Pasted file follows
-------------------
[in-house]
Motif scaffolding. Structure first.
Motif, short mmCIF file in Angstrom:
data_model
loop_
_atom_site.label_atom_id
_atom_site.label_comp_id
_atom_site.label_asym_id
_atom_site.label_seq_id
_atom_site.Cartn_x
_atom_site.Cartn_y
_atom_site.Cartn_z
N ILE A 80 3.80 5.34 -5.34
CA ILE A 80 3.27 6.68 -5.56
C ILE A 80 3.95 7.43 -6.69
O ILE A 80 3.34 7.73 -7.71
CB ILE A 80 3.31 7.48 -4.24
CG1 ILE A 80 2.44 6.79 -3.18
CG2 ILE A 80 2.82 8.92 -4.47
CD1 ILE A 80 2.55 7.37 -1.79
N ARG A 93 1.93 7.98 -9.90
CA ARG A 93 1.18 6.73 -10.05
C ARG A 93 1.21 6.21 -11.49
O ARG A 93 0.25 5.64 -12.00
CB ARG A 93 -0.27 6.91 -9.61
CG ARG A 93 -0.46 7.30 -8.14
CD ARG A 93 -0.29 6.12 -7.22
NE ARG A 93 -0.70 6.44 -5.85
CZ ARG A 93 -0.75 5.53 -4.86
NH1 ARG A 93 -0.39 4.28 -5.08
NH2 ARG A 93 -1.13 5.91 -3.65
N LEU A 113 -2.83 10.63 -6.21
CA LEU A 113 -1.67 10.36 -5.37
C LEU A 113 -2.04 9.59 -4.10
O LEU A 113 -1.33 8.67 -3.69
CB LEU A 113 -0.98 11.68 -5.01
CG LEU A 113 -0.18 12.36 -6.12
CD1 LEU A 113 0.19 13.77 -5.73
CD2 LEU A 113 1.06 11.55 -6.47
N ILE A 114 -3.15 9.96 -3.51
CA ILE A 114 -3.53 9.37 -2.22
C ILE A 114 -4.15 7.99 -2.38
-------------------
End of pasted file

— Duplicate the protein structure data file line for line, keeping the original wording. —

[in-house]
Motif scaffolding. Structure first.
Motif, short mmCIF file in Angstrom:
data_model
loop_
_atom_site.label_atom_id
_atom_site.label_comp_id
_atom_site.label_asym_id
_atom_site.label_seq_id
_atom_site.Cartn_x
_atom_site.Cartn_y
_atom_site.Cartn_z
N ILE A 80 3.80 5.34 -5.34
CA ILE A 80 3.27 6.68 -5.56
C ILE A 80 3.95 7.43 -6.69
O ILE A 80 3.34 7.73 -7.71
CB ILE A 80 3.31 7.48 -4.24
CG1 ILE A 80 2.44 6.79 -3.18
CG2 ILE A 80 2.82 8.92 -4.47
CD1 ILE A 80 2.55 7.37 -1.79
N ARG A 93 1.93 7.98 -9.90
CA ARG A 93 1.18 6.73 -10.05
C ARG A 93 1.21 6.21 -11.49
O ARG A 93 0.25 5.64 -12.00
CB ARG A 93 -0.27 6.91 -9.61
CG ARG A 93 -0.46 7.30 -8.14
CD ARG A 93 -0.29 6.12 -7.22
NE ARG A 93 -0.70 6.44 -5.85
CZ ARG A 93 -0.75 5.53 -4.86
NH1 ARG A 93 -0.39 4.28 -5.08
NH2 ARG A 93 -1.13 5.91 -3.65
N LEU A 113 -2.83 10.63 -6.21
CA LEU A 113 -1.67 10.36 -5.37
C LEU A 113 -2.04 9.59 -4.10
O LEU A 113 -1.33 8.67 -3.69
CB LEU A 113 -0.98 11.68 -5.01
CG LEU A 113 -0.18 12.36 -6.12
CD1 LEU A 113 0.19 13.77 -5.73
CD2 LEU A 113 1.06 11.55 -6.47
N ILE A 114 -3.15 9.96 -3.51
CA ILE A 114 -3.53 9.37 -2.22
C ILE A 114 -4.15 7.99 -2.38